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Brushing the Dog

Tools of the Trade

Choosing the right brushes and combs can be mind-boggling if you don't know what will work best for your dog's coat. Bristle brushes can be used on any type of coat. Widely spaced, long bristles work well on a longer coat, while short, closely spaced bristles work better on short, coarse coats. Wire pin brushes work well on curly and medium to long hair. Slicker brushes normally have a flat back set with fine wire bristles. Slickers are good for taking out mats and tangles, for smoothing the coat after brushing with a pin brush, and for removing dead hair. Combs are good for combing out long hair once tangles are removed. Flea combs, which have closely spaced teeth, are used to check the coat periodically for fleas and other pests and debris. Undercoat rakes are useful for pulling out dead undercoat, especially during the heavy shedding seasons of spring and fall.

Caring for Your Dog's Coat and Skin

Take your time when brushing your dog, and be gentle when removing tangles or mats. If you pull his hair as you fight through tangles, your dog won't stay keen on grooming for very long, and neither will you. Frequent, preferably daily, brushing will keep tangles and mats from forming.

If your dog has a thick coat, begin at the front and use a pin brush to brush small sections of hair forward, against the direction of growth, working your way from head to tail on one side, then the other. Be sure to separate the hair down to the skin to prevent mats from forming in the undercoat. This will also remove dirt and debris from the hair, and help the hair stand slightly away from the skin. When you have brushed all the coat forward, begin at the rear and brush the hair back into place in the direction of growth.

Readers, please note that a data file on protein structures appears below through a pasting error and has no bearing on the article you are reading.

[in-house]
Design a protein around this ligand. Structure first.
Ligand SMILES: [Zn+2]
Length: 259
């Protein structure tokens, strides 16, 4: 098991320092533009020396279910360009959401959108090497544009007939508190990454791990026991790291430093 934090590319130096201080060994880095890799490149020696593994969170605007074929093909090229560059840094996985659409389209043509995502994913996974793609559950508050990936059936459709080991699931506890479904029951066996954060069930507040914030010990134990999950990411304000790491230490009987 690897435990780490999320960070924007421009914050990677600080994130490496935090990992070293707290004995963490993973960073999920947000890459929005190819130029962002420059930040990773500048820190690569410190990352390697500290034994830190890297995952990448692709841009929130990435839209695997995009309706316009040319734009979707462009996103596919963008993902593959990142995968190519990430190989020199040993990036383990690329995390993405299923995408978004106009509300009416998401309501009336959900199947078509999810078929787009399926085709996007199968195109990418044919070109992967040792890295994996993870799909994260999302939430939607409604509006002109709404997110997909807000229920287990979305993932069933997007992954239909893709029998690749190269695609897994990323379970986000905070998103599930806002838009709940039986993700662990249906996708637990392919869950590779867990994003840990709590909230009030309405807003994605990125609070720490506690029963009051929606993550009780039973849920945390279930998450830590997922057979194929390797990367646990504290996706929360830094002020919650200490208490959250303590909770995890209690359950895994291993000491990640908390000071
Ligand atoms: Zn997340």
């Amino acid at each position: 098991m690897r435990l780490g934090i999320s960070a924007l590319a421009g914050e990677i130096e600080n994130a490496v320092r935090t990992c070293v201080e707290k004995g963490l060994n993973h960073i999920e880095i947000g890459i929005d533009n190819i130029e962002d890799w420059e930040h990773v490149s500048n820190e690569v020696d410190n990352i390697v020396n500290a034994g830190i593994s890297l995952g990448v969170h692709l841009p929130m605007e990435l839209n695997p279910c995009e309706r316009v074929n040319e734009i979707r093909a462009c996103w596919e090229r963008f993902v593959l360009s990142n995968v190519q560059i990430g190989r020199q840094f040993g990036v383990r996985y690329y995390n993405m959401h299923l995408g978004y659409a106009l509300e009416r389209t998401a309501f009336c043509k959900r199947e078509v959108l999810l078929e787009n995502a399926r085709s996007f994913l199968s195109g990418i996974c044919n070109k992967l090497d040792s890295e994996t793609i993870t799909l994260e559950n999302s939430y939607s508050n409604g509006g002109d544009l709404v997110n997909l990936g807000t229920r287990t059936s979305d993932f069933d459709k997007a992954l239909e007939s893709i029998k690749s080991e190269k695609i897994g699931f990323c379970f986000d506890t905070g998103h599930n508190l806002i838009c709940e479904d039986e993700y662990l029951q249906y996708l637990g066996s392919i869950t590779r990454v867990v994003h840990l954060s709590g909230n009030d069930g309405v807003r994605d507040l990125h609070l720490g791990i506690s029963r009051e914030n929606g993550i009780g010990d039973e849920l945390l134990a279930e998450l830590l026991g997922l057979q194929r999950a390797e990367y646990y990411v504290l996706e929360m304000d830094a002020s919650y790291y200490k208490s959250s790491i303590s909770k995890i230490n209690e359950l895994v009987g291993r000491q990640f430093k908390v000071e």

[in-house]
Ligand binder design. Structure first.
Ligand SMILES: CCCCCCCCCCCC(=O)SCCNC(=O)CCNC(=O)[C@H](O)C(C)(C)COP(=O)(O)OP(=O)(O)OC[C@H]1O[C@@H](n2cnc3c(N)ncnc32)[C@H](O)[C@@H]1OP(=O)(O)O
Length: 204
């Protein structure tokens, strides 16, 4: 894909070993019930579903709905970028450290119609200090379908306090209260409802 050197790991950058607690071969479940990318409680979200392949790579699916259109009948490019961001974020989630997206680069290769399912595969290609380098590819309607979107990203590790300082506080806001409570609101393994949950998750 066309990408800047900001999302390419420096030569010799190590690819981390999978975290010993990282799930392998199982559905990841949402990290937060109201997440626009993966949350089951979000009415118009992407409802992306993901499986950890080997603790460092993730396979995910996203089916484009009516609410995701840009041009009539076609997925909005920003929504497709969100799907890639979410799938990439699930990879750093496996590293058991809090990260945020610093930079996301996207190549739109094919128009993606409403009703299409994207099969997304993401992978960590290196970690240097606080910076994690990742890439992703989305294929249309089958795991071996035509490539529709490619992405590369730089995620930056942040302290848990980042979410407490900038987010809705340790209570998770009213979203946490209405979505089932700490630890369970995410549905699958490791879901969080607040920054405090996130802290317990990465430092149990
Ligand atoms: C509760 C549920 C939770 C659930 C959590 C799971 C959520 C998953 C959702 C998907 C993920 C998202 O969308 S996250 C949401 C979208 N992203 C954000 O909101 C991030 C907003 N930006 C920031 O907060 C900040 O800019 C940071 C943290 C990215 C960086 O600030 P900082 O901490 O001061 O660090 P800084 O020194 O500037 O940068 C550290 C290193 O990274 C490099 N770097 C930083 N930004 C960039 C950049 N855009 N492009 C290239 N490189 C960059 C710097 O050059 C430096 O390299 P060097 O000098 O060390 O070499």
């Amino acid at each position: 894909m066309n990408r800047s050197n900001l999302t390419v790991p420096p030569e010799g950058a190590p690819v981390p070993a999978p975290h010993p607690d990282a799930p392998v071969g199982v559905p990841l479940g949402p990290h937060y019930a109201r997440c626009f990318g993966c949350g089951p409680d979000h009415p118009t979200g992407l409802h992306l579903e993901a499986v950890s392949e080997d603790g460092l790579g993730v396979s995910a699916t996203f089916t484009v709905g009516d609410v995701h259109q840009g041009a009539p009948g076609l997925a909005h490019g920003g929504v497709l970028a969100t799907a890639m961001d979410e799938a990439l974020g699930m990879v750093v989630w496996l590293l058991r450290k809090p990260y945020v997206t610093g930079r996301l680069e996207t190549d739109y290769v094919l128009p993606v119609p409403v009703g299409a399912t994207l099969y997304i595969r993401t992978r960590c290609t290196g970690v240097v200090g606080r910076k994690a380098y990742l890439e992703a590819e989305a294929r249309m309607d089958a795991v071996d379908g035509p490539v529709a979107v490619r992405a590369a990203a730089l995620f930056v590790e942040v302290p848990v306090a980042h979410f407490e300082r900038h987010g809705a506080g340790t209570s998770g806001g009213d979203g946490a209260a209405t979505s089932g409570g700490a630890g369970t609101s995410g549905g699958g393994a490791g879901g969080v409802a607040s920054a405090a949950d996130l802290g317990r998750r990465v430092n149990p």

If your dog has long hair, he may get mats from time to time. Mats start as small tangles. If you catch a tangle or mat while it's small, you can usually tease it out with a comb or pin brush. It doesn't take long, though, for small tangles to grow into sizeable mats, reinforced with shed hair and sometimes plant matter and dirt. As mats grow bigger, they can pull the dog's skin and create warm, moist pockets that promote growth of bacteria and yeast, which can cause infections, hot spots, and open sores. Soon the poor dog is a miserable mess.

Small mats can be removed with a slicker brush. Place your hand between the mat and the dog's skin so that you don't jab him with the wires. Press the pins into the mat, and move it gently from side to side. Repeat three or four times, then brush the mat gently, and see if it will come apart. If that doesn't loosen the mat enough to brush it out, you can try cutting through the mat. Be careful not to cut the skin (blunt-tipped scissors are good for this). Make three or four cuts lengthwise through the mat. Then gently try to brush through the mat with your pin brush. If you still can't, you may need to cut the mat out. Be careful not to cut the dog's skin. If your dog has large mats, or if the mats are tight to the skin, causing a lot of discomfort or possibly sores, you may want to pay a professional groomer to remove them. Once they're out, you can set up a regular grooming schedule to keep the coat mat-free.

Dogs don't have to smell bad. Unpleasant odors can usually be traced to one or more of several causes: oil, bacteria, or yeast on the skin; ear infections; impacted or infected anal glands; gum disease; intestinal or stomach gas; or a foreign substance on the coat and/or skin.

Some breeds have oily coats to protect the dog in cold and wet working conditions. Unfortunately, oily coats smell a bit, especially when wet. Regular brushing will help remove some of the oil and reduce odor. Bathing will remove the oil temporarily, although bathing too often will stimulate the oil glands to make even more oil. Some shampoos are made to help control odor, so if it's a problem, ask your breeder, veterinarian, or groomer for guidance for your breed.

Bacterial and yeast infections of the skin can cause odor and lead to itching, “hot spots” (open, itchy sores), and hair loss. If you suspect an infection, you'll need your veterinarian to diagnose the problem to treat it effectively. Using an antibacterial shampoo on a dog with a yeast problem will probably make the problem worse, and a product for yeast won't help with bacteria at all.

More on: Pets

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Excerpted from The Complete Idiot's Guide to Getting and Owning a Dog © 2003 by Sheila Webster Boneham, Ph.D. All rights reserved including the right of reproduction in whole or in part in any form. Used by arrangement with Alpha Books, a member of Penguin Group (USA) Inc.

To order this book visit Amazon's web site or call 1-800-253-6476.


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